Radium Hot Springs has it all: unlimited outdoor activities, fine dining, golfing, skiing, natural hot springs, and the most beautiful scenery you can imagine.
Located on the 'warm' side of the Canadian Rockies, Radium Hot Springs is British Columbia's best mountain getaway village. After a leisurely drive through the awe-inspiring Kootenay National Park on the Banff-Windermere Highway, you will encounter the world-famous mineral pools. These odourless pools are surrounded by natural rock walls, and are guaranteed to soak away your worries and your woes.
Prior to any development by the white man, the First Nations people found the hot and odourless mineral water issuing from the rocks at the base of Redstreak Mountain to be soothing for their aches and pains.
A group of Englishmen headed by Lord Northcote started construction of the first pool prior to 1914. Their efforts were halted by the outbreak of World War I. The Canadian government took over and the hot pool and the first log bathhouse were completed in 1923. A partition down the centre separated the men's and women's change areas.
An imposing park gateway was constructed close to the pool, and entrance fees for vehicles were collected. On the arch over this gate was the quotation "THE MOUNTAINS SHALL BRING PEACE TO THE PEOPLE". This development followed the construction of the original Banff-Windermere highway through the Park. Visitors came by train to Banff and were transported to Radium Hot Springs by bus or limousine over the narrow, dusty roads.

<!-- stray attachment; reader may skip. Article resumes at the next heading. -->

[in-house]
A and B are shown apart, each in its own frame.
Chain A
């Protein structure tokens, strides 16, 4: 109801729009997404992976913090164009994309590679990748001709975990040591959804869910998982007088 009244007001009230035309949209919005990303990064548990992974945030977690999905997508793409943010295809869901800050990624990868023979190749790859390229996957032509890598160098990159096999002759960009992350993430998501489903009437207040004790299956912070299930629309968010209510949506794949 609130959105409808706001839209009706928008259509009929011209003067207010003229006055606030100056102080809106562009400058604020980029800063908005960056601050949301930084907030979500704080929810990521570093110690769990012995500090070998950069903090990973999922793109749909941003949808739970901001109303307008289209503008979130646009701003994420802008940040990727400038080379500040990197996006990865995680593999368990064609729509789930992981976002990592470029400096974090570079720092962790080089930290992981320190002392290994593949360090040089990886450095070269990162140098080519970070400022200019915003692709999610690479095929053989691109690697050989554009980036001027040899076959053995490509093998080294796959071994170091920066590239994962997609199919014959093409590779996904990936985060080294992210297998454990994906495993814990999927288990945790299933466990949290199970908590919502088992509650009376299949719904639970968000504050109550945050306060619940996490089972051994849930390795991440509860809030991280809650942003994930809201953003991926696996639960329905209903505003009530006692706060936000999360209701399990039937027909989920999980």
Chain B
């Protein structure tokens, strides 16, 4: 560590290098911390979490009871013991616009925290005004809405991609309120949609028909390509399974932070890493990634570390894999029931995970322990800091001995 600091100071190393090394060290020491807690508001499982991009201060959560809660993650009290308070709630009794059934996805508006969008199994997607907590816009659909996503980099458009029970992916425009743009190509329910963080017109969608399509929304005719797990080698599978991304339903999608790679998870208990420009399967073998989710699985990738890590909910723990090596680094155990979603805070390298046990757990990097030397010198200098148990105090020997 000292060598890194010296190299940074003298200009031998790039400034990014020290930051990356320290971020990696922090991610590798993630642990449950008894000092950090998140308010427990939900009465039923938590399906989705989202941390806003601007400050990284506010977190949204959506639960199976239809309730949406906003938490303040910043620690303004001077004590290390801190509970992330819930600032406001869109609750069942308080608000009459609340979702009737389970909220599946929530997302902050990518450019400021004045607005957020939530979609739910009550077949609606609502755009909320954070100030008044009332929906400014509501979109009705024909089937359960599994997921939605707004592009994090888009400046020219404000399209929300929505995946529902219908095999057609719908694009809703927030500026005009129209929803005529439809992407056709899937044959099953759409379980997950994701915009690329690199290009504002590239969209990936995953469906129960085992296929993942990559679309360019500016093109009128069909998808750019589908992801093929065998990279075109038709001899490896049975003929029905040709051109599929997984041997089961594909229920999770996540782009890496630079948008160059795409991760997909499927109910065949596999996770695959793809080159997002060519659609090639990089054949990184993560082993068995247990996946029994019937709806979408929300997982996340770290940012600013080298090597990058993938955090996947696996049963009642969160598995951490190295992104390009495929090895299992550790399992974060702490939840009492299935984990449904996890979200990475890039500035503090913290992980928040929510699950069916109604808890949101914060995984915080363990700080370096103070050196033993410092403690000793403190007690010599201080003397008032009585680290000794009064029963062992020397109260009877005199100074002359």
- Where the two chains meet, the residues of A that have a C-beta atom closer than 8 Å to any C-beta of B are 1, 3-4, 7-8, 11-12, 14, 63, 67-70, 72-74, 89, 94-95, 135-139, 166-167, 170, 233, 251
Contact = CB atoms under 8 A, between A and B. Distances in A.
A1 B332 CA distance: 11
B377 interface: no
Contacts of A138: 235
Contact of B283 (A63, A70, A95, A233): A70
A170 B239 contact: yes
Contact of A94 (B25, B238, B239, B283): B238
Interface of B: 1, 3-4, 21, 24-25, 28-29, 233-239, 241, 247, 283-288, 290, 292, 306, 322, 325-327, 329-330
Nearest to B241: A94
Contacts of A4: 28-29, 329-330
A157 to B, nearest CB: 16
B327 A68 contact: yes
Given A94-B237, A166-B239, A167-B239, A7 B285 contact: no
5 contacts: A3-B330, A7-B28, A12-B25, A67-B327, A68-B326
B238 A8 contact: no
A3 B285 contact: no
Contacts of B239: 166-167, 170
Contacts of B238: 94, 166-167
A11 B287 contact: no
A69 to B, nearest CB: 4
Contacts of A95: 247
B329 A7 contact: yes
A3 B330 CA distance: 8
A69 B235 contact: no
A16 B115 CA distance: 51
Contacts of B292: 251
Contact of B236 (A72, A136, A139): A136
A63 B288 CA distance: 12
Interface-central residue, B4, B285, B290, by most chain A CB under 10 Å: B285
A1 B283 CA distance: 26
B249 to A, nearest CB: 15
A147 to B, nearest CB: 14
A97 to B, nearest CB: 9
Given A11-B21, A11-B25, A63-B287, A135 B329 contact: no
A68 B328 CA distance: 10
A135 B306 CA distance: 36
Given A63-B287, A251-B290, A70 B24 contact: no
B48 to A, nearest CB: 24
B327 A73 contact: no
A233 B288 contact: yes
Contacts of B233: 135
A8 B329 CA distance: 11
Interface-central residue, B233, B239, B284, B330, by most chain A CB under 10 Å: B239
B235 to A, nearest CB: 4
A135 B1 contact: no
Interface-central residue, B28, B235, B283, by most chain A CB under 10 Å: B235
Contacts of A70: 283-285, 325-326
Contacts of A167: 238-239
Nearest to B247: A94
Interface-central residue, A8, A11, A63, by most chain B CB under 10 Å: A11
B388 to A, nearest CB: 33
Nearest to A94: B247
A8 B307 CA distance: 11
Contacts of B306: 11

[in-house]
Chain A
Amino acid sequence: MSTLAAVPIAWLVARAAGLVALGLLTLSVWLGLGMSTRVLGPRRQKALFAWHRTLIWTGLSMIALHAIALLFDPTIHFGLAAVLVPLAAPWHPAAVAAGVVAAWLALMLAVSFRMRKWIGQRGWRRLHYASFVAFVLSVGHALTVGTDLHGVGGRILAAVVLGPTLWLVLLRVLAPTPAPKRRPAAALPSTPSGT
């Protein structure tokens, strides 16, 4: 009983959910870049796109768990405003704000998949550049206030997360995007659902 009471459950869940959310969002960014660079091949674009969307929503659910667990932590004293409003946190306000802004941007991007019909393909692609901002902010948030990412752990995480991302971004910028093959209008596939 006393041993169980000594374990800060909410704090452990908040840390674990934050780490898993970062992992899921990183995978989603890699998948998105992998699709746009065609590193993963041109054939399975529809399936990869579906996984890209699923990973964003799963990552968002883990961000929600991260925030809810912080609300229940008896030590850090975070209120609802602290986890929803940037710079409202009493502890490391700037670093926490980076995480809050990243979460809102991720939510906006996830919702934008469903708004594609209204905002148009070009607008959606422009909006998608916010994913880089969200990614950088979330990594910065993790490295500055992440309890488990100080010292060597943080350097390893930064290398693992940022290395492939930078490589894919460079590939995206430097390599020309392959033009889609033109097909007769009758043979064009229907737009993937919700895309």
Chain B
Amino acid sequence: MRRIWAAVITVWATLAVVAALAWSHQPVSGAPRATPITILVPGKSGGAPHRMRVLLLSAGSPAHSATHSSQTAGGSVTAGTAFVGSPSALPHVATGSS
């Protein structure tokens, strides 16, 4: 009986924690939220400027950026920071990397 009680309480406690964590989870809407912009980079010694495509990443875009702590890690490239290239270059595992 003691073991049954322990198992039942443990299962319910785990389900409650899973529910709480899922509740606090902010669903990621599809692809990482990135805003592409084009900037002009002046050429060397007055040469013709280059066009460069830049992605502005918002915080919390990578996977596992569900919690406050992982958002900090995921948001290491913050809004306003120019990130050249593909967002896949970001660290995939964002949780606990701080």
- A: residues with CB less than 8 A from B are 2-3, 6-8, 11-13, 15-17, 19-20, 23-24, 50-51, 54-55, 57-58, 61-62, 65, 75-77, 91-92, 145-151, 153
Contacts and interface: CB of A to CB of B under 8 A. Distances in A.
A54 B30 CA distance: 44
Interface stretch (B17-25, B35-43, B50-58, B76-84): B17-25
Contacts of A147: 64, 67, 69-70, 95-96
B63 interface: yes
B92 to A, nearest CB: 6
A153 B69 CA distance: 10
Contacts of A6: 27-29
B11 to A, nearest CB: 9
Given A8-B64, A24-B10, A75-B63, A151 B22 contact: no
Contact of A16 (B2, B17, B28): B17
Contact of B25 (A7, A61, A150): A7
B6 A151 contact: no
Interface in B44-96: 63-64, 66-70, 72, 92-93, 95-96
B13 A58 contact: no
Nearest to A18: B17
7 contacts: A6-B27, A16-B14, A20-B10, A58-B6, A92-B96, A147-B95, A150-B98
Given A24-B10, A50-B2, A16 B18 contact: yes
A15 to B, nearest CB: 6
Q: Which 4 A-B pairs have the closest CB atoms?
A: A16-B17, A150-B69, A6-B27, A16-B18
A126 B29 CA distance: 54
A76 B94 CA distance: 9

In 1948, the old bathhouse was destroyed by a fire and was replaced by a lovely new aquacourt, a new hot pool, and a swimming pool. At the time, the Village of Radium Hot Springs was rapidly growing, so this resulted in a great increase in traffic. Early businesses there were owned by Eileen and Chris Madson, and George Haddad, who later sold his service station and cabins to William and Alice Craig. Most of the area was owned by Mr. George Stanley, who built a hotel which later burnt down.
Kootenay National Park later replaced the original campground above the pools with a spacious new one on the hill overlooking the village. In 1956 a drive-in theater offered entertainment for both tourists and local people. The Radium Hot Springs Resort Golf Course, together with other housing subdivisions, resulted in more people settling here on a permanent basis.
Today, regardless of all the other developments, the warm odourless mineral pool remains the star attraction at Radium Hot Springs on a year-long basis.
Radium Hot Springs is located on the junctions of Highway 93 & 95, 146 km (91 mi) north of Cranbrook, 103 km (64 mi) south of Golden, 264 km (165 mi) west of Calgary.
The soothing mineral-rich warm water of Radium Hot Springs, and the stunning Rocky Mountain scenery combine to relax tired muscles and bring peace of mind.